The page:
A narrative report, however, can leave buyers wondering whether the inspector actually checked all the areas not mentioned in their report (“Did they get interrupted and forget to check something?”). The customer is left hanging, assuming that everything the inspector didn’t mention is likely okay. Right?

But is it?

That’s where the benefit of a checklist with narrative reporting comes in. When a checklist with narrative reporting is assembled, pictures are taken of each room in the house as they are inspected. And yes, as the name implies, there is a checklist of items to show the customer that key areas and fixtures were inspected. Then, as with the straight narrative report, pictures of any identified defects or problems are taken and inserted into the report with a long-form description of each vulnerability, its severity, and repair solution—providing the customer the most thorough option in reporting, especially as a legal record.

Another important reporting difference to note is whether your inspector uses a software-based template or pen and paper. Obviously, this won’t affect what information can be reported, but some reporting software does contain boilerplate sections with location-specific inspection items. A digital report may give you the widest coverage of all possible home concerns, as opposed to relying on the thoroughness of your inspector and his blank sheet.

Small, But Important Things to Remember About the Home Inspection Process

  • Most Inspections are Visually Based and Unexhaustive by Design : These visual inspections are comprehensive enough to allow inspectors to deliver their findings with a high degree of confidence, but there are some areas they may not assess—either because it would require key fixture disassembly or property demolition.

The home inspection industry has come a long way over the last few decades, especially in terms of standard operational and reporting procedure; but the process is still differentiated enough to cause confusion if you’re a first-time seller or buyer.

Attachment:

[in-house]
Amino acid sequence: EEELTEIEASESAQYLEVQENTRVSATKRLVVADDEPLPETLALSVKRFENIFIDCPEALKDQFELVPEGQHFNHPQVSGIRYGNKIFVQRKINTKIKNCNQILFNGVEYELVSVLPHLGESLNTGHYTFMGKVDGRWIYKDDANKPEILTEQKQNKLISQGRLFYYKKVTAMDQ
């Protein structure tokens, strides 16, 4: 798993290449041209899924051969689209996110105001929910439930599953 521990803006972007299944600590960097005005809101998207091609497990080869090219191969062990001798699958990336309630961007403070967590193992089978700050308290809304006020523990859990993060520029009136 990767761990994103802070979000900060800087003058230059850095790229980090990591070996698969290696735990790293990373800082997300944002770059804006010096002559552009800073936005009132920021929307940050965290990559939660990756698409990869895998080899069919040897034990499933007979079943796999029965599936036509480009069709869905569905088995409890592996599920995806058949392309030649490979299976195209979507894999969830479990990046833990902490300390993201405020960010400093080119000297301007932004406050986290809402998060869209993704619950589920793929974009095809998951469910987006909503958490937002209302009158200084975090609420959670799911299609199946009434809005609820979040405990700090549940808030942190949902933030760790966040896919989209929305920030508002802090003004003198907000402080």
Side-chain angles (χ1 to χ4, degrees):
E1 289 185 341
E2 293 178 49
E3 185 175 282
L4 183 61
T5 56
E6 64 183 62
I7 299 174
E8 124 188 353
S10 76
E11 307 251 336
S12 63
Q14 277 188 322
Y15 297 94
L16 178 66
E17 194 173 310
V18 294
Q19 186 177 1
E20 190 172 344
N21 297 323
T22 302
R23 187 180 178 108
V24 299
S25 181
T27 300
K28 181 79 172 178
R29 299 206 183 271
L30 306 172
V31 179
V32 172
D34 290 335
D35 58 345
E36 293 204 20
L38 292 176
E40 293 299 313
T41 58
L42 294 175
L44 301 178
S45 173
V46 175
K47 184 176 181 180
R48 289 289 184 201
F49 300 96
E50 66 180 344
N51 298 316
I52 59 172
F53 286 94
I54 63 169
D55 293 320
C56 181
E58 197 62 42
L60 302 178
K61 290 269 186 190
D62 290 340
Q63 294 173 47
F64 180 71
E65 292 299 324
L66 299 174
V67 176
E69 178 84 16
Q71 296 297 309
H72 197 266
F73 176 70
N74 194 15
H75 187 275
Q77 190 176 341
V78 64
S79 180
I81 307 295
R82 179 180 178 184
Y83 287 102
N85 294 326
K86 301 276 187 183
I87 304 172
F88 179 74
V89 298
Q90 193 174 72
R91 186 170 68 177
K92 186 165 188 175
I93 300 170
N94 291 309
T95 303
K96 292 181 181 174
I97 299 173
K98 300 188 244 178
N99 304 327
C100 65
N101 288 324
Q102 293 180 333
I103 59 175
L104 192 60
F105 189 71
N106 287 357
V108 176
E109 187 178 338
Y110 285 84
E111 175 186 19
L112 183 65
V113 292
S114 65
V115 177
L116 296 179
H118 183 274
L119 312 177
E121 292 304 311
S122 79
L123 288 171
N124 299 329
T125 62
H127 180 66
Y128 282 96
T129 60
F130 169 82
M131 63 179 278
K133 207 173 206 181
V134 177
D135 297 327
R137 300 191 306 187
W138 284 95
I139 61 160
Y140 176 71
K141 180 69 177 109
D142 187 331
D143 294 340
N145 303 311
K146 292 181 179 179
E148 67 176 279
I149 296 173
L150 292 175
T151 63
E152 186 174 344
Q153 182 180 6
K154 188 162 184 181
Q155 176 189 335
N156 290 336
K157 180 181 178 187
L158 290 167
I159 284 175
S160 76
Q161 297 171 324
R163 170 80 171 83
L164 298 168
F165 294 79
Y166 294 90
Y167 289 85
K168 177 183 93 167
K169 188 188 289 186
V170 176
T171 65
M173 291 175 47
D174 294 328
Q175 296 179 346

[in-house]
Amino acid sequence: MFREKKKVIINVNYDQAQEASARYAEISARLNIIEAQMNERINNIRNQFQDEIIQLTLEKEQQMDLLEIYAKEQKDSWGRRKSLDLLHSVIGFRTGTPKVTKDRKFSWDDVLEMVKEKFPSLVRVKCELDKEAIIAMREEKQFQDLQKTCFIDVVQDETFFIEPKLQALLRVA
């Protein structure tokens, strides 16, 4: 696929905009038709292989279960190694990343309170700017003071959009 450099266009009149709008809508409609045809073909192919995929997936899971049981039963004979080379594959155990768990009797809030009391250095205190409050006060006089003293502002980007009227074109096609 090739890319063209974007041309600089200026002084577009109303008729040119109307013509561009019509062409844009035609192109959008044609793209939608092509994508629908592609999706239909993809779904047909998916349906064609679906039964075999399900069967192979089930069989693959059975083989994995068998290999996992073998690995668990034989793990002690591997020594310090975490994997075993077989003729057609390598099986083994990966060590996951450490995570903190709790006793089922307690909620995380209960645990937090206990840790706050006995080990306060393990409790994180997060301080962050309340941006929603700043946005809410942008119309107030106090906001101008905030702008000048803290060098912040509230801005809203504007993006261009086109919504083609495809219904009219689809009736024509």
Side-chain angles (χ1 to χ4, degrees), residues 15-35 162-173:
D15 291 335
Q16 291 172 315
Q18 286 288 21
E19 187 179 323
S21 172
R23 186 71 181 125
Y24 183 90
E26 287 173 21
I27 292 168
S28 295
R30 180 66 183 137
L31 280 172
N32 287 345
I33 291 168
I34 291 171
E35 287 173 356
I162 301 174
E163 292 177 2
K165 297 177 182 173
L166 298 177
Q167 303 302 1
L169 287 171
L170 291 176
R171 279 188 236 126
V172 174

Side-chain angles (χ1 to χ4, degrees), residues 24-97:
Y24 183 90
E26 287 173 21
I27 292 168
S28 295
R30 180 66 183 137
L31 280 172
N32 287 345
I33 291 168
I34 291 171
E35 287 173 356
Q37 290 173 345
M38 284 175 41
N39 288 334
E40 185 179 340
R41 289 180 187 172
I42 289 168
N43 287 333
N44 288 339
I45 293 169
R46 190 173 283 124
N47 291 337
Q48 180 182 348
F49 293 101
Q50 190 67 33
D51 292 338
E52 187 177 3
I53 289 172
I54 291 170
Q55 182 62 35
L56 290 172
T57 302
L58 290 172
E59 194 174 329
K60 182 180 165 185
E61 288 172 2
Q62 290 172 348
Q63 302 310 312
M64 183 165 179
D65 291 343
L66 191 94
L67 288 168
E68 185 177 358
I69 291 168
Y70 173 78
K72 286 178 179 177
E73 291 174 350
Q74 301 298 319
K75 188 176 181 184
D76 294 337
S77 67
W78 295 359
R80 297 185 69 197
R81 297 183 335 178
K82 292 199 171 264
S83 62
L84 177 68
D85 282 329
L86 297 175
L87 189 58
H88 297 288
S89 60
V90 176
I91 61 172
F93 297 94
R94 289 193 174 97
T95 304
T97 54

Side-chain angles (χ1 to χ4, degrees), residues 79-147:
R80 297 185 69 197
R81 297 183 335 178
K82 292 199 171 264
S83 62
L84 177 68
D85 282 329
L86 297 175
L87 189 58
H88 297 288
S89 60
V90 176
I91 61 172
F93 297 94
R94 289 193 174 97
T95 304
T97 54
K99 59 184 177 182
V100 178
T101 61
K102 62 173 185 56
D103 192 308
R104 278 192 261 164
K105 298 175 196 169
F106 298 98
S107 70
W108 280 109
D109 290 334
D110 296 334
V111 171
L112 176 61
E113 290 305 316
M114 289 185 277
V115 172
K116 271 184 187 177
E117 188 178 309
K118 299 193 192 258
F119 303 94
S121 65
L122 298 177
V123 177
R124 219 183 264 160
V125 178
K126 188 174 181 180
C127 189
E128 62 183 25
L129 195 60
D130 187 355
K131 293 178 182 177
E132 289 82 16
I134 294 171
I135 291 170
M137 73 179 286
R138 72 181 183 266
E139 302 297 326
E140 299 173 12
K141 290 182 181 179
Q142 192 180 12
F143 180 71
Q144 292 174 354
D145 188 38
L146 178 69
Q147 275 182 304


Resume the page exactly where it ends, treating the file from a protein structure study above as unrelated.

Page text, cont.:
If the inspection process still feels unfamiliar and daunting even after reading this, it’s best to trust a professional home inspector that can help you navigate all property findings and advise you on the best solutions for each.

Since 2007, Advanced Look Property Inspections, LLC. has been one of the most preferred condo, townhouse, and single-family home inspectors in Metro Orlando and its surrounding areas. We’ve inspected hundreds-of-thousands of square feet of local real estate and are familiar with the way Central Florida homes are built. There’s simply no better option than Advanced Look Property Inspections, LLC. We provide comprehensive inspections and reporting on over 400 distinct home items to give buyers and sellers the best assessment of a property’s durability and functionality.

To learn more about our inspection reporting process, or to schedule your own Advanced Look Home Inspection, give us a call today at (407) 310-2828.

It will be the best move you’ll ever make!

*Home Inspection Areas include: Orlando, Kissimmee, Poinciana, Saint Cloud, Davenport, Clermont, Windermere, Celebration, Winter Garden, Ocoee, Apopka, Altamonte Springs, Lake Mary, Sanford, Deltona, Deland, Winter Park, Maitland, Casselberry, Longwood, Winter Springs, Oviedo, Avalon Park, Lake Nona